In Pakistan, Indus River plays a vital role because it’s the primary source of freshwater for most parts of the country. Imagine that nearly 200 million people draw waters from this river for household, industrial, and agricultural use. In fact, about 90% of agricultural activity in this country relies on Indus River. And since Pakistan is a fast-growing country, you can imagine the needs and demands.

The Indus is one of the great rivers of the world, but it’s been exploited to oblivion that it no longer flows into the ocean at the Port of Karachi. The lower part of the river used to be home to many lush, diverse ecosystems that supported crucial fisheries and a wide array of species, including the critically endangered Indus River dolphin.

In present time, however, this river has dried up. It gives Pakistan a huge challenge in the future because the population keeps growing and yet the source of water keeps shriveling. Even now, Karachi has a lot of water theft and there have been riots over water access. The less fortunate blame wealthy landowners around the upstream for taking water out of the river. We won’t know what else will happen because of this water crisis.

Owens Lake

Owens Lake

Back in the beginning of the 1900s, Owens Lake was a robust body of water up to about 19km long and 13km wide with an average depth of around 7 to 15 meters. But in 1913, waters that fed into Owens Lake were diverted by the Los Angeles Department of Water and Power into the Los Angeles Aqueduct.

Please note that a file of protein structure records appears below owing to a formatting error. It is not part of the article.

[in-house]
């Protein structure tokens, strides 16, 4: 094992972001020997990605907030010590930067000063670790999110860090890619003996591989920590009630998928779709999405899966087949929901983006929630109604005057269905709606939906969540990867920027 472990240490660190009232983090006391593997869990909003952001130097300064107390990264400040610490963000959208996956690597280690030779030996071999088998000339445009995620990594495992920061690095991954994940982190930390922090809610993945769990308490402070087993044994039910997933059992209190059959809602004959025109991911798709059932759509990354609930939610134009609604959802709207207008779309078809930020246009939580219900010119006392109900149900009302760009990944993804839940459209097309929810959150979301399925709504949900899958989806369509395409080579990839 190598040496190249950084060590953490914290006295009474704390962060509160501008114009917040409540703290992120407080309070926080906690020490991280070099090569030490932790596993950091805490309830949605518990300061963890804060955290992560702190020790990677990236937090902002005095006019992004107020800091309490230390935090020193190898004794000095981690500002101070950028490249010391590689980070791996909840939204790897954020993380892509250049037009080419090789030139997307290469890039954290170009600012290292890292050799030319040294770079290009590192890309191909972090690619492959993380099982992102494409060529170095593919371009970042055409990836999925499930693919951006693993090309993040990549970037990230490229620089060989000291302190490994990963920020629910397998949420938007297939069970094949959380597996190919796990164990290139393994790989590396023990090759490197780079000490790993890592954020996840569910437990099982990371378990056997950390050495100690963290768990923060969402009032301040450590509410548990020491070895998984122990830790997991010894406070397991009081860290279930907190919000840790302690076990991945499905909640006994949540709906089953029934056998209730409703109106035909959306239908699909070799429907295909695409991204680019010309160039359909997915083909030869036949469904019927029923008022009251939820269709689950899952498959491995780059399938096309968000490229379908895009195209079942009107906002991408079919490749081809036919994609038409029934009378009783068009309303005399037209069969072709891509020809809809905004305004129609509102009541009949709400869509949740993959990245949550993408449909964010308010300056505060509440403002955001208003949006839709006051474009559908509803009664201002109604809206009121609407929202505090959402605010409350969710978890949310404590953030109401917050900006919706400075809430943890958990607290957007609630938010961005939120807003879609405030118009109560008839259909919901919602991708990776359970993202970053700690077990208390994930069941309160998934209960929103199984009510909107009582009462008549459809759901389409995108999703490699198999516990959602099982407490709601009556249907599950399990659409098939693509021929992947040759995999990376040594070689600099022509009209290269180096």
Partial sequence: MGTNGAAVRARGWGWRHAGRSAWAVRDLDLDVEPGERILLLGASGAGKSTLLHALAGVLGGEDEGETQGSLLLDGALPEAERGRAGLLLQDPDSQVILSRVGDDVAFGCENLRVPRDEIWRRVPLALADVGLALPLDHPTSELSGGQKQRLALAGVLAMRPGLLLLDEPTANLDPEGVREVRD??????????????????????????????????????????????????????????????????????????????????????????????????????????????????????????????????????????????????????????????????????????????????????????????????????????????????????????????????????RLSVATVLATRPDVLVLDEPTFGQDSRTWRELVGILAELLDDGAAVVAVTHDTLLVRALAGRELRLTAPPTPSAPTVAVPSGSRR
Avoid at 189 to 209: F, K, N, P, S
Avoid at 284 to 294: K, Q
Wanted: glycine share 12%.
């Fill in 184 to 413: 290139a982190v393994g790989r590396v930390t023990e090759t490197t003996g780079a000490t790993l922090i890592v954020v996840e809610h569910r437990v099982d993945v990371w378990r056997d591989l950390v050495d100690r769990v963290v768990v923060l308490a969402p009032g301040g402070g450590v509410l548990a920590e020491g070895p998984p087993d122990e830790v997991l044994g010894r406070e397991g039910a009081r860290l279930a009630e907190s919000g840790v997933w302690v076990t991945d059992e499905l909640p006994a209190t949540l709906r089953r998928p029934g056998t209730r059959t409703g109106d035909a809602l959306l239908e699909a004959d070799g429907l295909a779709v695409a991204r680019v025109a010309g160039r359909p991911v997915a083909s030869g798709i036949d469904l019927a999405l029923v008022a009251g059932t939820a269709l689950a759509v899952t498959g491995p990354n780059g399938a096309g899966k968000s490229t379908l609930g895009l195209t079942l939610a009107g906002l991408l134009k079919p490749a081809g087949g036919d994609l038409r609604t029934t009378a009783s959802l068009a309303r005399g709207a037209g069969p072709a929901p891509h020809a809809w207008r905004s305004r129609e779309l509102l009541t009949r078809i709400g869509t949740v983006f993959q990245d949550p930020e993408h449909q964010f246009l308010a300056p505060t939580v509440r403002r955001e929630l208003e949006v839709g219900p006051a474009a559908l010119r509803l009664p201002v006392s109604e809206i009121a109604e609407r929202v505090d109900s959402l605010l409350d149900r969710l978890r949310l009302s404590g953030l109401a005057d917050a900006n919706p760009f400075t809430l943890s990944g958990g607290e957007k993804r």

As a result, water levels quickly dropped in Owens Lake until they become so shallow and sometimes it dried up. Owens Lake is now a shallow body of water (barely a lake with only 1 meter depth). The LADWP does flood the now dried-up lake bed to reduce the number of dust storms, which can cause respiratory problems for nearby residents.

Rio Grande River

Rio Grande River bed by Asaavedra32 Wikimedia Commons
Rio Grande River bed by Asaavedra32 Wikimedia Commons

This river used to be lively, but since it’s used heavily by two different places, Texas and Mexico, it’s now looking less lively. Rio Grande is one of the largest rivers in North America, reaching about 3,000 kilometers long. Also serving as a border between the aforementioned places, the river runs from southwestern Colorado to the Gulf of Mexico.

Now, less than a fifth of the Rio Grande’s flow reaches the Gulf. For a few years in the early 2000s, the river failed to reach the coast entirely. What’s more is that algae has infested the waters as well, which is bad.

The main cause of Rio Grande’s shrinking is the exploding populations in the lower part of Rio Grande Valley that comes from both the United States and Mexico. Moreover, the region’s manufacturing and agricultural sectors grow, taking a lot more water from the river. By the time it reaches Matamoros, in northeastern Mexico, the water level is so low that it often falls below the city’s intake pipes.

Therefore, farmers from New Mexico to Tamaulipas have been struggling to grow their crops since there’s no water supply. And with the climate change, Rio Grande has experienced bad drought periods, making management even more challenging. The region’s wetlands, once critical spot for migrating birds to stop by doesn’t have much water as well.